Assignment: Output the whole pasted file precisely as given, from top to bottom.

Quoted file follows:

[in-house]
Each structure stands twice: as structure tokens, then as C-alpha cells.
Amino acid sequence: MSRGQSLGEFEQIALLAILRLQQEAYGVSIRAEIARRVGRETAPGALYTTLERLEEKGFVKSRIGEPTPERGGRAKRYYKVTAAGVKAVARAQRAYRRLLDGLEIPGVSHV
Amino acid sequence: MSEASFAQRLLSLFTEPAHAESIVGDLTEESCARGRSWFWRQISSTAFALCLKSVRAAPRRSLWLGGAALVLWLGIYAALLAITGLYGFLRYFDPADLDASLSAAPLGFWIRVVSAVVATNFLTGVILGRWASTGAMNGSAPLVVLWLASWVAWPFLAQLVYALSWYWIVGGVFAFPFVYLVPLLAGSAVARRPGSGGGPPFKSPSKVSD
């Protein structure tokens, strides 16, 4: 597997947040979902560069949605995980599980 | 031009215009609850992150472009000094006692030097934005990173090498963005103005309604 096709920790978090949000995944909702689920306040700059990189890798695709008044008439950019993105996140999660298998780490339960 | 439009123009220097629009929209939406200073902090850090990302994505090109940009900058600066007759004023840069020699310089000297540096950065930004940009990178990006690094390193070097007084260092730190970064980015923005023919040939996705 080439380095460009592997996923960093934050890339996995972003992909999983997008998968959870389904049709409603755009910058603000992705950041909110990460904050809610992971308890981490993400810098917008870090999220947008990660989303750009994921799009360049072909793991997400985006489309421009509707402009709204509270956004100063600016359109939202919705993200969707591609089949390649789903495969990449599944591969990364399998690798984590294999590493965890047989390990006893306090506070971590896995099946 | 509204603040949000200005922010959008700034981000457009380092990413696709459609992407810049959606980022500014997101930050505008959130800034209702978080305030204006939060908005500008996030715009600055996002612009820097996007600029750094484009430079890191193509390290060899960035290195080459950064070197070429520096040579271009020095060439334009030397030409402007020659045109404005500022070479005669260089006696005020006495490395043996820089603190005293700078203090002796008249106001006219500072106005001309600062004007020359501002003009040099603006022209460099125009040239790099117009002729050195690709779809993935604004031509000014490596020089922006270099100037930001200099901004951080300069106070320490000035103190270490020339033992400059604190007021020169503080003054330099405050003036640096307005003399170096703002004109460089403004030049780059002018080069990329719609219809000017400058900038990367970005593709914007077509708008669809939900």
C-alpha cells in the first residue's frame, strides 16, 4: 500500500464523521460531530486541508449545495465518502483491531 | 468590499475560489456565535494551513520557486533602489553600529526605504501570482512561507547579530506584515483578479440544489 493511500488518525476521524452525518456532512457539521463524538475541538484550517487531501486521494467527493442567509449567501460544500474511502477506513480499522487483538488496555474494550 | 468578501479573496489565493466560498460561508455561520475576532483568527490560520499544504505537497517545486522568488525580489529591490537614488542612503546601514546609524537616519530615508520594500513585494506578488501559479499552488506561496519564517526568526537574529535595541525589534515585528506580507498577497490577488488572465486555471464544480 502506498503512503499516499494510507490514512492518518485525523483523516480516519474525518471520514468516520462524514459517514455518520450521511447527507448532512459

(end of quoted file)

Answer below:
[in-house]
Each structure stands twice: as structure tokens, then as C-alpha cells.
Amino acid sequence: MSRGQSLGEFEQIALLAILRLQQEAYGVSIRAEIARRVGRETAPGALYTTLERLEEKGFVKSRIGEPTPERGGRAKRYYKVTAAGVKAVARAQRAYRRLLDGLEIPGVSHV
Amino acid sequence: MSEASFAQRLLSLFTEPAHAESIVGDLTEESCARGRSWFWRQISSTAFALCLKSVRAAPRRSLWLGGAALVLWLGIYAALLAITGLYGFLRYFDPADLDASLSAAPLGFWIRVVSAVVATNFLTGVILGRWASTGAMNGSAPLVVLWLASWVAWPFLAQLVYALSWYWIVGGVFAFPFVYLVPLLAGSAVARRPGSGGGPPFKSPSKVSD
């Protein structure tokens, strides 16, 4: 597997947040979902560069949605995980599980 | 031009215009609850992150472009000094006692030097934005990173090498963005103005309604 096709920790978090949000995944909702689920306040700059990189890798695709008044008439950019993105996140999660298998780490339960 | 439009123009220097629009929209939406200073902090850090990302994505090109940009900058600066007759004023840069020699310089000297540096950065930004940009990178990006690094390193070097007084260092730190970064980015923005023919040939996705 080439380095460009592997996923960093934050890339996995972003992909999983997008998968959870389904049709409603755009910058603000992705950041909110990460904050809610992971308890981490993400810098917008870090999220947008990660989303750009994921799009360049072909793991997400985006489309421009509707402009709204509270956004100063600016359109939202919705993200969707591609089949390649789903495969990449599944591969990364399998690798984590294999590493965890047989390990006893306090506070971590896995099946 | 509204603040949000200005922010959008700034981000457009380092990413696709459609992407810049959606980022500014997101930050505008959130800034209702978080305030204006939060908005500008996030715009600055996002612009820097996007600029750094484009430079890191193509390290060899960035290195080459950064070197070429520096040579271009020095060439334009030397030409402007020659045109404005500022070479005669260089006696005020006495490395043996820089603190005293700078203090002796008249106001006219500072106005001309600062004007020359501002003009040099603006022209460099125009040239790099117009002729050195690709779809993935604004031509000014490596020089922006270099100037930001200099901004951080300069106070320490000035103190270490020339033992400059604190007021020169503080003054330099405050003036640096307005003399170096703002004109460089403004030049780059002018080069990329719609219809000017400058900038990367970005593709914007077509708008669809939900």
C-alpha cells in the first residue's frame, strides 16, 4: 500500500464523521460531530486541508449545495465518502483491531 | 468590499475560489456565535494551513520557486533602489553600529526605504501570482512561507547579530506584515483578479440544489 493511500488518525476521524452525518456532512457539521463524538475541538484550517487531501486521494467527493442567509449567501460544500474511502477506513480499522487483538488496555474494550 | 468578501479573496489565493466560498460561508455561520475576532483568527490560520499544504505537497517545486522568488525580489529591490537614488542612503546601514546609524537616519530615508520594500513585494506578488501559479499552488506561496519564517526568526537574529535595541525589534515585528506580507498577497490577488488572465486555471464544480 502506498503512503499516499494510507490514512492518518485525523483523516480516519474525518471520514468516520462524514459517514455518520450521511447527507448532512459